Text and photographs copyright of Jim Shead.
Top 100 Sites
This article More than a Mooring - Bill Fen Marina is the copyright of Jim Shead - The twenty-second of a regular series of articles on marinas and boatyards. First published in Waterways World July 2005.
Bill Fen Marina
Having a marina in the Middle Level may seem a remote location to most of the inland boating population but John and Lyn Shotbolt have taken remoteness a stage further by establishing their marina at Bill Fen on Ramsey High Lode. It is 7½ miles from the so called "through route" used by craft crossing the Middle Level navigations between the rivers Nene and Great Ouse.
Nearly 150 boats now have places in the marina and others are on the waiting list for moorings. The Middle Level is one of the few places where boats do not require a licence to cruise (although this is likely to change within the next few years) and that is one factor in the increasing demand for moorings in the area. There are also a large number of people living in East Anglia that want to cruise the waterway system but would like to keep their boats near home. Nor is that the whole story as a closer look at the marina will reveal.
In about 1947 John Shotbolt's father and grandfather started an engineering business in Ramsey doing agricultural work and acting as sub-contractors to large local engineering companies. John continued the business and was living in a house by the Old Nene river at Ramsey St. Mary's when he decided he would like a boat, so he built himself first a small flat bottomed boat and then a narrowboat.
He then got requests from people to build narrowboats for them and by the time he stopped boat building in 1997 he had completed 60 craft. Having bought a boat many people were then asking where can we moor? This prompted John and Lyn to look for a suitable site for a marina in the Ramsey area.
Their first idea was to use a plot of land near their home village of Ramsey St. Mary's but this was turned down. In response to their enquiries the planners suggested that an acceptable place to build a marina would be somewhere down the Ramsey High Lode, that runs from the Old Nene to the town. Some land in this area came up for sale by tender and they were able to buy the site.
In 1991 the site was just a flat field with no trees, shrubs or water features. An application for planning permission was made and granted and the first stage of the marina, providing moorings for about 30 boats, was dug out in 1992. Two further stages of development followed with an extra plot being bought to complete the last stage which provides moorings for between 140 and 150 boats.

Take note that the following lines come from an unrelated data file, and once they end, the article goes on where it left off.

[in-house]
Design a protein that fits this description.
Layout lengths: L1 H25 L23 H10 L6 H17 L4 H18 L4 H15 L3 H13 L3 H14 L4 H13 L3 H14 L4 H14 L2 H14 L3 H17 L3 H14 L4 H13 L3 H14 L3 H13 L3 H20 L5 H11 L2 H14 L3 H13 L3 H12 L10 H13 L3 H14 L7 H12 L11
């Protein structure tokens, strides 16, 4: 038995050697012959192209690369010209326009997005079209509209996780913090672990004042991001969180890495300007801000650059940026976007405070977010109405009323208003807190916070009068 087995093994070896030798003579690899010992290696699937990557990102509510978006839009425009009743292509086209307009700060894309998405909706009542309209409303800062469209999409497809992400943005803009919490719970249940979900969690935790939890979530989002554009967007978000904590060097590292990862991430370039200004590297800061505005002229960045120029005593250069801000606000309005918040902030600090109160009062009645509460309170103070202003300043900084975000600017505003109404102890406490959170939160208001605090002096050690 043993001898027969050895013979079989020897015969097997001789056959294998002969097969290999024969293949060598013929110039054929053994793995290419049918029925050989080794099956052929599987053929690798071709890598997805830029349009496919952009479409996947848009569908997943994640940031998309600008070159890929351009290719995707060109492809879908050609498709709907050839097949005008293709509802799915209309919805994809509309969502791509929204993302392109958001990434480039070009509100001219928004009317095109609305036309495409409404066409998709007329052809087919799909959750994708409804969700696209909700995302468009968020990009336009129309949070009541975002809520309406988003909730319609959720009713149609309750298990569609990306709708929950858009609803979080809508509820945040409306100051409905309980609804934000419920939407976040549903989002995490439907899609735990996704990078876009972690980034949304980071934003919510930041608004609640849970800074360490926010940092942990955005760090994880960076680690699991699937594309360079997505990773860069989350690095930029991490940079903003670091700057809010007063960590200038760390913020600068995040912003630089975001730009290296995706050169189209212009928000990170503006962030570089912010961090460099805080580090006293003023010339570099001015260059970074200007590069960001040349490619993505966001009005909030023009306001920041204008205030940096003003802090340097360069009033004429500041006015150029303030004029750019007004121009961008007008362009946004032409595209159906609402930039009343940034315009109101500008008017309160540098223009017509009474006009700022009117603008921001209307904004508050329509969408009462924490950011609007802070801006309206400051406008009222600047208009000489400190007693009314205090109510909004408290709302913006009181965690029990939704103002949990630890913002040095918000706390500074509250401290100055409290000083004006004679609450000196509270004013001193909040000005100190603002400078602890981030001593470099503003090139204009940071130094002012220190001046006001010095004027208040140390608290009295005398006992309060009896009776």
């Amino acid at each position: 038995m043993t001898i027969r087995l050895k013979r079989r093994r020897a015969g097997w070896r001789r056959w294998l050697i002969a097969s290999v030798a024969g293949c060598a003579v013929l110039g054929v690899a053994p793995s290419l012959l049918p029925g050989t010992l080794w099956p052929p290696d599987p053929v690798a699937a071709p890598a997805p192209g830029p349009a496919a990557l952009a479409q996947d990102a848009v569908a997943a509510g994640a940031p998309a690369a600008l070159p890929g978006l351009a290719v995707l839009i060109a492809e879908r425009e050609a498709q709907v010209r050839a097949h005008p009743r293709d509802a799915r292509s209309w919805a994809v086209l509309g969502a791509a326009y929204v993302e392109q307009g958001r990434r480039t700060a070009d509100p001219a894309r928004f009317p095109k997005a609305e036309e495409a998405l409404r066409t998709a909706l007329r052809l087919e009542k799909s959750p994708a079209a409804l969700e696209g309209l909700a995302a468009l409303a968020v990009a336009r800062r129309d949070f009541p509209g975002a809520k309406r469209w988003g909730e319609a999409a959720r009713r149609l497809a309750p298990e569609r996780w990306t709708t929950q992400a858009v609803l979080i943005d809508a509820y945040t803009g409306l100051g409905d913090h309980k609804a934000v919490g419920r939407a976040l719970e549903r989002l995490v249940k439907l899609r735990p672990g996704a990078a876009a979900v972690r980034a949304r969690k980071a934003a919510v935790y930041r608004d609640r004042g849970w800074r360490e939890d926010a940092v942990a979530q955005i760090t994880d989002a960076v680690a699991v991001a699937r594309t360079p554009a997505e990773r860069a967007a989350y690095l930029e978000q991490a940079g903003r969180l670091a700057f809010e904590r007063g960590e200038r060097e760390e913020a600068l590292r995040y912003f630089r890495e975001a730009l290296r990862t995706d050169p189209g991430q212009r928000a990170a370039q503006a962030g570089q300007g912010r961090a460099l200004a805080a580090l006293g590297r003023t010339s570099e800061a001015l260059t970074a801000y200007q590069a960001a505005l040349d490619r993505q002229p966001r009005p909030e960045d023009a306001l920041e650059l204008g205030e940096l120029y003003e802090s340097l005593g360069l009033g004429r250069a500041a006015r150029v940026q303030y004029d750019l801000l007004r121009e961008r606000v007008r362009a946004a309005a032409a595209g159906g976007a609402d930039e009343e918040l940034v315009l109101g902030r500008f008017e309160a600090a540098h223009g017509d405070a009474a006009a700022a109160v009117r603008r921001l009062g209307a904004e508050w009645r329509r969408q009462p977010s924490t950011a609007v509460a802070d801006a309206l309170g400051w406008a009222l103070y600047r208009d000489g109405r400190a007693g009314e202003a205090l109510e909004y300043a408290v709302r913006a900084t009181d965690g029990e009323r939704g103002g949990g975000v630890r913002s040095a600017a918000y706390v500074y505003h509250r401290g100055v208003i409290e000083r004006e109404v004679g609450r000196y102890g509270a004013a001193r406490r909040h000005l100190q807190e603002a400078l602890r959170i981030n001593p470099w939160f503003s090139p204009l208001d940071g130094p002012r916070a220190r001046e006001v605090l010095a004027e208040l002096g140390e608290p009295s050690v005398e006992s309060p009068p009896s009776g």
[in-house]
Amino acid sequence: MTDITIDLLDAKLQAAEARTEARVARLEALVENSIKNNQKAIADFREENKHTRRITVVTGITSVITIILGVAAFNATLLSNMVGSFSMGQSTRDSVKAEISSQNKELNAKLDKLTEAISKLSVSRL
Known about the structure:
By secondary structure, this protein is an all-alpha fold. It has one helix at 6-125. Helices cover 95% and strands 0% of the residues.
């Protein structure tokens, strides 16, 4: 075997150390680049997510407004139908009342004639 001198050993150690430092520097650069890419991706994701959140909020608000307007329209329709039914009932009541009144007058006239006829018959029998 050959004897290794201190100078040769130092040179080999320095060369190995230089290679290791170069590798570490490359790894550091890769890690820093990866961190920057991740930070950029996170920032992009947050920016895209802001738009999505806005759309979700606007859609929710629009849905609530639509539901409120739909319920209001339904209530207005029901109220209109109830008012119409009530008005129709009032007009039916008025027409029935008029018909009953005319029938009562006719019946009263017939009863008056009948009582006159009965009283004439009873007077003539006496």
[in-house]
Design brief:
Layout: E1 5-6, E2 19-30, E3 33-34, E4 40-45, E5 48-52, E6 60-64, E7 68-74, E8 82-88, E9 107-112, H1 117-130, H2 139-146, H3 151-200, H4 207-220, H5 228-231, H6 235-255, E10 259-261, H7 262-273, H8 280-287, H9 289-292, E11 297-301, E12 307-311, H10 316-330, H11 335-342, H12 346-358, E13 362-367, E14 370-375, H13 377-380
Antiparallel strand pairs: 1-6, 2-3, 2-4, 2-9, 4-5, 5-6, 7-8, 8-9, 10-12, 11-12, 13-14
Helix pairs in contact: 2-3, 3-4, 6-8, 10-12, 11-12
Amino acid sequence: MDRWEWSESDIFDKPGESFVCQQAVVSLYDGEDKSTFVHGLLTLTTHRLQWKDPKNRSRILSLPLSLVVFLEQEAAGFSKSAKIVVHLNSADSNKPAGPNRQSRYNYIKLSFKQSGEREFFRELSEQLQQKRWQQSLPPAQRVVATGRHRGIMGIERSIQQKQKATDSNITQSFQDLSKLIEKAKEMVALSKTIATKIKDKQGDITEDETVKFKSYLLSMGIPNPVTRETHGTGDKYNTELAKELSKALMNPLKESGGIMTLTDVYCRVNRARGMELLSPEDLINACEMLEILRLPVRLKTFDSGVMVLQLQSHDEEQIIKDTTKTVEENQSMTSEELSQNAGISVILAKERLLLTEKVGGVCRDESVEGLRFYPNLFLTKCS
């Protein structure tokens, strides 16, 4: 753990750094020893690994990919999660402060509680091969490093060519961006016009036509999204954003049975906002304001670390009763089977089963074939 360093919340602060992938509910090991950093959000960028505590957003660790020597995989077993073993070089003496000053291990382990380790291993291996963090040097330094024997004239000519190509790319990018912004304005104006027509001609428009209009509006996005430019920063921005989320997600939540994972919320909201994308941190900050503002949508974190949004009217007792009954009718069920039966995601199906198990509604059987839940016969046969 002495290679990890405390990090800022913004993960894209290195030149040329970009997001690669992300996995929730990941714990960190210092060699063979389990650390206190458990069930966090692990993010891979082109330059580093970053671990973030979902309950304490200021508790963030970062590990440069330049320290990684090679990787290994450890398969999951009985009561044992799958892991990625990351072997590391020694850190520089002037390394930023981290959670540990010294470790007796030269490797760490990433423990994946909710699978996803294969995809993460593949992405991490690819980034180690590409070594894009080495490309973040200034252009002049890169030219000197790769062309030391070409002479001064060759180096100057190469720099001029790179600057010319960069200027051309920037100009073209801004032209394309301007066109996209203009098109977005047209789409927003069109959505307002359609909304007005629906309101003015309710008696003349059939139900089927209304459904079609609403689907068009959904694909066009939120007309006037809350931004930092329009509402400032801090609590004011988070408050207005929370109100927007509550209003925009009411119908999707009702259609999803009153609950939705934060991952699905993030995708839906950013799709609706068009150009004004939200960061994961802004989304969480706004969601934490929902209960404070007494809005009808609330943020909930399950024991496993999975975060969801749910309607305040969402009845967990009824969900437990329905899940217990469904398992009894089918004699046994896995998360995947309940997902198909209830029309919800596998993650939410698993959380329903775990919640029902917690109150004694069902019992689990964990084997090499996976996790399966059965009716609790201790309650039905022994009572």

The small size of the original moorings was because at this time John was constructing boats at a site in Ramsey and the Bill Fen moorings were just a sideline. Now they have ended narrowboat building and the marina is the main activity of the business. Lyn does all the administration and paperwork while John concentrates on maintaining the site which has a large area of grass and shrubs.
The usual diesel, water, gas, coal, pumpout, toilet and showers are available and there is a small chandlery that can supply boater's needs either from stock or by ordering in. It has no formal opening hours as it is mainly a service for moorers. There is a slipway that will take boats of up to 60 foot. DIY boat blacking and painting can be done but there is no covered boat painting area.
The marina is also a Caravan Club Certified Location with five plots located in a sheltered position beside a large pond that has been created as one of the many landscape features on the site. Fishing is good in the marina and attracts a few local anglers.
Once a year the marina hosts an event for the local IWA branch which usually takes the form of a boule and barbecue day but which this year also includes a May Bank Holiday weekend gathering for moorers and visitors. This is just another factor that contributes to the friendly and welcoming feel of this marina in a rural setting close to the small town of Ramsey.
Once out of the marina there are miles of quiet fenland waters with few locks that recapture the solitude and peaceful cruising that are now just a memory on many of our waterways.
Return to the main Articles Listing page